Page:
UNESCO

The United Nations Educational, Scientific and Cultural Organization was created in 1945, as one of specialized UN agencies. The UNESCO Almaty Office (established in 1994) works in four countries – Kazakhstan, Kyrgyzstan, Tajikistan, and Uzbekistan. It works through and in cooperation with the National Commissions for UNESCO in each country and partner networks in its fields of competence. UNESCO’s mission is to contribute to peace and human development through Education, the Sciences, Culture and Communication.

CARGC

The Central Asian Regional Glaciological Centre (CARGC) in Almaty, Kazakhstan was established under the auspices of UNESCO to address water resource challenges in Central Asian Region. It focuses on detecting global changes and their impacts on water stress in the region, and studies dynamics of natural processes in a zone of runoff formation. The centre contributes to UNESCO’S strategic programme objectives.

 

 

Scientific committee

Kristine Tovmasyan

Lead, Natural Sciences Unit
Programme Specialist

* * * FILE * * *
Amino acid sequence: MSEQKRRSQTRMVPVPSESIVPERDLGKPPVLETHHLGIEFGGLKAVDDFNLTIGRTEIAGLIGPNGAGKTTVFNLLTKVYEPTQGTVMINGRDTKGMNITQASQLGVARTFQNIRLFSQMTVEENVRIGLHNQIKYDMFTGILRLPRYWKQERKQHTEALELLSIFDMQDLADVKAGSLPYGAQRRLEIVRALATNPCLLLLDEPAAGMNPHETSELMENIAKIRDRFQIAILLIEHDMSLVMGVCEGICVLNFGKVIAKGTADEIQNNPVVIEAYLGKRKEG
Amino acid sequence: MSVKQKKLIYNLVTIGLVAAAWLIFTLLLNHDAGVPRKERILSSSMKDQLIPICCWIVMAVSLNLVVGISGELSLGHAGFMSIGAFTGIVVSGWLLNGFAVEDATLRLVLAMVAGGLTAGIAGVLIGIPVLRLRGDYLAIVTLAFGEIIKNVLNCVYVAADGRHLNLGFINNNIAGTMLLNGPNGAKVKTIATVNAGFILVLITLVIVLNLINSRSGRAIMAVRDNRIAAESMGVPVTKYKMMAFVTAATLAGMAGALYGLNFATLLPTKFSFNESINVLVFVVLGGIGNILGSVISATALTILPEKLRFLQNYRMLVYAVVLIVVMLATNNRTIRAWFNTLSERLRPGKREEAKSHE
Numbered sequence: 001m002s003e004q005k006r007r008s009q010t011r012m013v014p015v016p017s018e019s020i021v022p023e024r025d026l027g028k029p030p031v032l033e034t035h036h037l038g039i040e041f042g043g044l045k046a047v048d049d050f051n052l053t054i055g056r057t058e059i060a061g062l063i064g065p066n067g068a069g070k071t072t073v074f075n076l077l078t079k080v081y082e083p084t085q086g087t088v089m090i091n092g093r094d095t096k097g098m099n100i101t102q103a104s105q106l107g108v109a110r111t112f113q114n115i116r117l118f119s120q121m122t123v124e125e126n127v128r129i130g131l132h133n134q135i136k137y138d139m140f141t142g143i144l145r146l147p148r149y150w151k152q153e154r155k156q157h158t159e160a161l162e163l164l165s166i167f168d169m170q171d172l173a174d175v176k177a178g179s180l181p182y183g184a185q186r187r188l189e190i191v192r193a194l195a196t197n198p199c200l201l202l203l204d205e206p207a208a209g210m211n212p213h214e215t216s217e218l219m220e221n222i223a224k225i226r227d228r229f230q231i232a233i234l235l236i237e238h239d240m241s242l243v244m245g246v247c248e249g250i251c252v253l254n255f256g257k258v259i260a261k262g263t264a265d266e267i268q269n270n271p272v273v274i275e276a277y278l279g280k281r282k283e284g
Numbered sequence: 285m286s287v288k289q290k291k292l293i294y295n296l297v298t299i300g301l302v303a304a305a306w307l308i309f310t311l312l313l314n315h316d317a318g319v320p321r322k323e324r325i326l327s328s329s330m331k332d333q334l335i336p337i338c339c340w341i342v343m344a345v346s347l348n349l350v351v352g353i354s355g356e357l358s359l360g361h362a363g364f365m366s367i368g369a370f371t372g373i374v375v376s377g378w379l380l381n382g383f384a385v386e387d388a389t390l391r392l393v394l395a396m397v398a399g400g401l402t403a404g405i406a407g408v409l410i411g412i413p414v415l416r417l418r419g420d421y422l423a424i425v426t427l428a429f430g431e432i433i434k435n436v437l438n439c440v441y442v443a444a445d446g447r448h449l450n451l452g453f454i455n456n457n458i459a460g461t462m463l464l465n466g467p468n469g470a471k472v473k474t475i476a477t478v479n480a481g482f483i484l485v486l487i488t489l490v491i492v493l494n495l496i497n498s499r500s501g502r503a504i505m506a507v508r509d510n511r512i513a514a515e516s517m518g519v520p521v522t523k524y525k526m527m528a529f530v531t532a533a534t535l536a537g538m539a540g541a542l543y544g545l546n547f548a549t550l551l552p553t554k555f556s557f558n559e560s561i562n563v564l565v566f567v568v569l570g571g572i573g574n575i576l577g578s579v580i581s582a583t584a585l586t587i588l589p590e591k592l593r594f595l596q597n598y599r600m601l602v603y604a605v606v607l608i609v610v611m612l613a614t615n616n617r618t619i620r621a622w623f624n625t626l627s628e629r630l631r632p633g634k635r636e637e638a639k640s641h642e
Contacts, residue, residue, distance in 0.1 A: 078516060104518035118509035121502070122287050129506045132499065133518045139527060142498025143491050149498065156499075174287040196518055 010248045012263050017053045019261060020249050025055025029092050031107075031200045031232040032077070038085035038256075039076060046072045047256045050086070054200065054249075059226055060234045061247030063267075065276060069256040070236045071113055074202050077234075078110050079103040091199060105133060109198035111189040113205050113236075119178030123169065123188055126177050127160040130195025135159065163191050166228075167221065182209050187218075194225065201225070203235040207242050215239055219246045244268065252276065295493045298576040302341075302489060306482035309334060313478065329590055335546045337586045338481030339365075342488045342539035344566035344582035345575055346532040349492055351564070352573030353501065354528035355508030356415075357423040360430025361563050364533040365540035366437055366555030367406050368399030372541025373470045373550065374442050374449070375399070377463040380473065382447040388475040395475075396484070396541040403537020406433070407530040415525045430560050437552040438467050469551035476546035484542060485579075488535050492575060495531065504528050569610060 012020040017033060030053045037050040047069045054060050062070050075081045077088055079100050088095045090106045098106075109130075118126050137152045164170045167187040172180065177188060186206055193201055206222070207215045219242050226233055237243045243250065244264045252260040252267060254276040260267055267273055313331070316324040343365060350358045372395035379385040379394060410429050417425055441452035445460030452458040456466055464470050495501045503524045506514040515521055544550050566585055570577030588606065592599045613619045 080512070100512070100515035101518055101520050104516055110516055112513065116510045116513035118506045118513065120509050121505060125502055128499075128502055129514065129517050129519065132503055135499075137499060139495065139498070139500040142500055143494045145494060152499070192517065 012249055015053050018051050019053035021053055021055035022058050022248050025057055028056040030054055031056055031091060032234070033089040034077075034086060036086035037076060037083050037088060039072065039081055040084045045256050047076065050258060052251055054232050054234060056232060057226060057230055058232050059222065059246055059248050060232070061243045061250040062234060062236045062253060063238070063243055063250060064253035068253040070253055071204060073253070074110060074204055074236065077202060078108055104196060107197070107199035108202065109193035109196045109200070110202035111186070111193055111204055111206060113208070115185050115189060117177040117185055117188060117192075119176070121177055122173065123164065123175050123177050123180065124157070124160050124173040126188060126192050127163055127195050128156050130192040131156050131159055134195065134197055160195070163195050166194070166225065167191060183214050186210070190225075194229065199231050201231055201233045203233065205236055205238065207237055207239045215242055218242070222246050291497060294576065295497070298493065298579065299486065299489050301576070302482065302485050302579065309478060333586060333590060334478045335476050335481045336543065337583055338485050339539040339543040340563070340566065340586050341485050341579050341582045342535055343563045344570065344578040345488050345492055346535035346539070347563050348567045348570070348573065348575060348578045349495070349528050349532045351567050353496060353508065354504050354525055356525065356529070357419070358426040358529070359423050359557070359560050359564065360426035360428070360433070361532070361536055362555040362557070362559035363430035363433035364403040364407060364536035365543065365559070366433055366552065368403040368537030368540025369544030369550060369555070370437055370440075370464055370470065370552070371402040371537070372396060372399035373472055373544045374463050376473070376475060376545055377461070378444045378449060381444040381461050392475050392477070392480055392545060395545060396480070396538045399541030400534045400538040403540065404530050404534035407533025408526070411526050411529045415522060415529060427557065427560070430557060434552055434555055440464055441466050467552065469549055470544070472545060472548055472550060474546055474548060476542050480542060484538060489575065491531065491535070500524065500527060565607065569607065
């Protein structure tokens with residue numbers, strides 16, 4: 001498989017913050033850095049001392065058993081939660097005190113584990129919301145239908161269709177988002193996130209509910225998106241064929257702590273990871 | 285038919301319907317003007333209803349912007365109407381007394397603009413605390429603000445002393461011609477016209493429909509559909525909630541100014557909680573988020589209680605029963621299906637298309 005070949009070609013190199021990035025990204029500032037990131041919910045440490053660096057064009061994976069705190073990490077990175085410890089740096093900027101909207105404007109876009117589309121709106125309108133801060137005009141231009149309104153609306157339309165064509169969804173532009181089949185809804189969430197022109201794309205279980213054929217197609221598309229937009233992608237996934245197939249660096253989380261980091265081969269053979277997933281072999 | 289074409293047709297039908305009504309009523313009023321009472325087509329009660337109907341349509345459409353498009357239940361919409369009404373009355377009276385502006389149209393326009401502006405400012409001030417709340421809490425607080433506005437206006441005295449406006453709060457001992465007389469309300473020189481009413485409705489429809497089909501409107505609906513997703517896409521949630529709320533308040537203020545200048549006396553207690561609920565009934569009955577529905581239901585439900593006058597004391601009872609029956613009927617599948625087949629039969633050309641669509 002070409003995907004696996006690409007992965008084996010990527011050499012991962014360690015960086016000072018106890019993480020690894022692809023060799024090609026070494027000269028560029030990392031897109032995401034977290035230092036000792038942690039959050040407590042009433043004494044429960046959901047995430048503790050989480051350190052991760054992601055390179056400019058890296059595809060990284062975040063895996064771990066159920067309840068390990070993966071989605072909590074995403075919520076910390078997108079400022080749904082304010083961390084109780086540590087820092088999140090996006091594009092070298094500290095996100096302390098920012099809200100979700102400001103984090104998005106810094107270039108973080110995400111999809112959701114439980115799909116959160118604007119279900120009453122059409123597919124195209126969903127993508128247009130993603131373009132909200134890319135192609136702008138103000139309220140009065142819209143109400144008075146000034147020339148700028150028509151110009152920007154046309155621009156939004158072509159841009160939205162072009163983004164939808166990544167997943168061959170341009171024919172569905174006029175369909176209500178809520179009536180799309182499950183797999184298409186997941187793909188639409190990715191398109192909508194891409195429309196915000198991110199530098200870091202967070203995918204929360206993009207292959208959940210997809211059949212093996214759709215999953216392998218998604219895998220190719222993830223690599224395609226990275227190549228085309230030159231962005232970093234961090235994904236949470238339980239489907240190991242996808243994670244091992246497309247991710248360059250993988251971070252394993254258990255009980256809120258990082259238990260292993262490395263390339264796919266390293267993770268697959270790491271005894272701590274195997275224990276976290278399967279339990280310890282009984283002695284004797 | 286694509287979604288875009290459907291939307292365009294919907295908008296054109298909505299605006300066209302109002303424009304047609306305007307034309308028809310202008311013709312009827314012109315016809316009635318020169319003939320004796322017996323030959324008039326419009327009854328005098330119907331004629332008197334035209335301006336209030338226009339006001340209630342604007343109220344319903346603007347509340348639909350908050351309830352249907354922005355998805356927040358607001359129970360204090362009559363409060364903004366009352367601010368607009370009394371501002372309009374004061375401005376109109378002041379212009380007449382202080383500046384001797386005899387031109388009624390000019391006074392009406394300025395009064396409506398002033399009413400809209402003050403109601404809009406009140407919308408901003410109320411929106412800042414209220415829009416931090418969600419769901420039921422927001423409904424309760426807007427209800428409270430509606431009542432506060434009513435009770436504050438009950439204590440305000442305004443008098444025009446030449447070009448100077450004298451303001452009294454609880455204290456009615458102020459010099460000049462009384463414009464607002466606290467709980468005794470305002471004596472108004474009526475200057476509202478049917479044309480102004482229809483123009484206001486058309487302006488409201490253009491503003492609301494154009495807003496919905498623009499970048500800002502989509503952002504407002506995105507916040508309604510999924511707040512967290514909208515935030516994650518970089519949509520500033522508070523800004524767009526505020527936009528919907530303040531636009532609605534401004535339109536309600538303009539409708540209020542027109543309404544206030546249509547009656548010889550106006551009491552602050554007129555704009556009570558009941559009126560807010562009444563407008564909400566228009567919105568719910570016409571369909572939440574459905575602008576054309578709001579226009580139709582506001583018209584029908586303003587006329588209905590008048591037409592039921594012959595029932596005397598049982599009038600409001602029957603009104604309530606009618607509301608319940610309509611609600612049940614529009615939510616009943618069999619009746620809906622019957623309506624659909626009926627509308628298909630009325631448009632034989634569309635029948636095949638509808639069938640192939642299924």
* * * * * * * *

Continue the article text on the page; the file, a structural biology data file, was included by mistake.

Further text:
UNESCO Almaty Cluster Office

Martin Hoelzle

Martin Hoelzle

Professor
Department of Geosciences
University of Fribourg

Christian Huggel

Christian Huggel

Professor
Glaciology and Geomorphodynamics
Department of Geography
University of Zurich

Arun Shrestha

Arun Shrestha

Senior Climate Change Specialist,
Regional Programme Manager – River Basins and Cryosphere Programme,
ICIMOD

Miriam Jackson

Miriam Jackson

Programme Coordinator – Cryosphere Initiative
River Basins and Cryosphere Programme
ICIMOD

Amina Maharjan

Amina Maharjan

Senior Specialist
Livelihoods & Migration
ICIMOD

Deo Raj Gurung

Deo Raj Gurung

Programme Coordinator – Preparedness and Safety
Aga Khan Agency for Habitat (AKAH)

Jakob Friedrich Steiner

Jakob Friedrich Steiner

Glacier Hydrologist
ICIMOD